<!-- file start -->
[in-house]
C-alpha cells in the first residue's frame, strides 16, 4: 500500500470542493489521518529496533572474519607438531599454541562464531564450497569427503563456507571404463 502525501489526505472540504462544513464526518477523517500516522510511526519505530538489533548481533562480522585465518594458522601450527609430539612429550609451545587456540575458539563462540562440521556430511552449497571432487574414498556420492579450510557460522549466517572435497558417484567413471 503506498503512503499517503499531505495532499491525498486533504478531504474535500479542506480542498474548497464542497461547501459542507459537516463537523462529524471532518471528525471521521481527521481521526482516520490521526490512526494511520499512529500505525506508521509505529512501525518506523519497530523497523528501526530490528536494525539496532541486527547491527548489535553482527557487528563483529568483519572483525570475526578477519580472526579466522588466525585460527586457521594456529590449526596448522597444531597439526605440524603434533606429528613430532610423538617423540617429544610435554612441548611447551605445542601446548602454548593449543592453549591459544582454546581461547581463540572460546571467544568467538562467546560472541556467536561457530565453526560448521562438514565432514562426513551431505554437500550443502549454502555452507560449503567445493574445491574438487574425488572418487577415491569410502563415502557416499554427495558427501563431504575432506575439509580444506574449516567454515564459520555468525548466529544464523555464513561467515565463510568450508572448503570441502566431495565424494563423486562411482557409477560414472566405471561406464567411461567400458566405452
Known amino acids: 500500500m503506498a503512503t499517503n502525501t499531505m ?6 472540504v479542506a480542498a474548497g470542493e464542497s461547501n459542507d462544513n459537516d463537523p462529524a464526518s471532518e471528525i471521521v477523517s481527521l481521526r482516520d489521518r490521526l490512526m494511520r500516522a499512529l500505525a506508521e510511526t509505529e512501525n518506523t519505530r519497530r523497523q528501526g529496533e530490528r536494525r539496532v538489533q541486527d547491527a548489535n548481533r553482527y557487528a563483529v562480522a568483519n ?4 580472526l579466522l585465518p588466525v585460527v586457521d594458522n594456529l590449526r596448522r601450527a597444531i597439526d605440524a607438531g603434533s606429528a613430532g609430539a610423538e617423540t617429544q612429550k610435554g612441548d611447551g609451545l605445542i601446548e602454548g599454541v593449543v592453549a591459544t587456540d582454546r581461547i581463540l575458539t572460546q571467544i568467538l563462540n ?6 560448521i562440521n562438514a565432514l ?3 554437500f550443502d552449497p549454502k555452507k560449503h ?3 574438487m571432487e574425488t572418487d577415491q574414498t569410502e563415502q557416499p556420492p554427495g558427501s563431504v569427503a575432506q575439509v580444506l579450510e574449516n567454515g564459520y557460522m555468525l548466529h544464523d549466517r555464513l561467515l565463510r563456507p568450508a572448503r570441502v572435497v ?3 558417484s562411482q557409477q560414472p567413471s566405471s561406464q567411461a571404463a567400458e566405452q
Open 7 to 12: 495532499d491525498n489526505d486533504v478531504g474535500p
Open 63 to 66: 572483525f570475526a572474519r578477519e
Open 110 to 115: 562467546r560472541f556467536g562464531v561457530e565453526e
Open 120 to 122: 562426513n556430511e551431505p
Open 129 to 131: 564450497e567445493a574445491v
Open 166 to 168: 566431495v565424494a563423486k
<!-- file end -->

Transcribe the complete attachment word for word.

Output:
[in-house]
C-alpha cells in the first residue's frame, strides 16, 4: 500500500470542493489521518529496533572474519607438531599454541562464531564450497569427503563456507571404463 502525501489526505472540504462544513464526518477523517500516522510511526519505530538489533548481533562480522585465518594458522601450527609430539612429550609451545587456540575458539563462540562440521556430511552449497571432487574414498556420492579450510557460522549466517572435497558417484567413471 503506498503512503499517503499531505495532499491525498486533504478531504474535500479542506480542498474548497464542497461547501459542507459537516463537523462529524471532518471528525471521521481527521481521526482516520490521526490512526494511520499512529500505525506508521509505529512501525518506523519497530523497523528501526530490528536494525539496532541486527547491527548489535553482527557487528563483529568483519572483525570475526578477519580472526579466522588466525585460527586457521594456529590449526596448522597444531597439526605440524603434533606429528613430532610423538617423540617429544610435554612441548611447551605445542601446548602454548593449543592453549591459544582454546581461547581463540572460546571467544568467538562467546560472541556467536561457530565453526560448521562438514565432514562426513551431505554437500550443502549454502555452507560449503567445493574445491574438487574425488572418487577415491569410502563415502557416499554427495558427501563431504575432506575439509580444506574449516567454515564459520555468525548466529544464523555464513561467515565463510568450508572448503570441502566431495565424494563423486562411482557409477560414472566405471561406464567411461567400458566405452
Known amino acids: 500500500m503506498a503512503t499517503n502525501t499531505m ?6 472540504v479542506a480542498a474548497g470542493e464542497s461547501n459542507d462544513n459537516d463537523p462529524a464526518s471532518e471528525i471521521v477523517s481527521l481521526r482516520d489521518r490521526l490512526m494511520r500516522a499512529l500505525a506508521e510511526t509505529e512501525n518506523t519505530r519497530r523497523q528501526g529496533e530490528r536494525r539496532v538489533q541486527d547491527a548489535n548481533r553482527y557487528a563483529v562480522a568483519n ?4 580472526l579466522l585465518p588466525v585460527v586457521d594458522n594456529l590449526r596448522r601450527a597444531i597439526d605440524a607438531g603434533s606429528a613430532g609430539a610423538e617423540t617429544q612429550k610435554g612441548d611447551g609451545l605445542i601446548e602454548g599454541v593449543v592453549a591459544t587456540d582454546r581461547i581463540l575458539t572460546q571467544i568467538l563462540n ?6 560448521i562440521n562438514a565432514l ?3 554437500f550443502d552449497p549454502k555452507k560449503h ?3 574438487m571432487e574425488t572418487d577415491q574414498t569410502e563415502q557416499p556420492p554427495g558427501s563431504v569427503a575432506q575439509v580444506l579450510e574449516n567454515g564459520y557460522m555468525l548466529h544464523d549466517r555464513l561467515l565463510r563456507p568450508a572448503r570441502v572435497v ?3 558417484s562411482q557409477q560414472p567413471s566405471s561406464q567411461a571404463a567400458e566405452q
Open 7 to 12: 495532499d491525498n489526505d486533504v478531504g474535500p
Open 63 to 66: 572483525f570475526a572474519r578477519e
Open 110 to 115: 562467546r560472541f556467536g562464531v561457530e565453526e
Open 120 to 122: 562426513n556430511e551431505p
Open 129 to 131: 564450497e567445493a574445491v
Open 166 to 168: 566431495v565424494a563423486k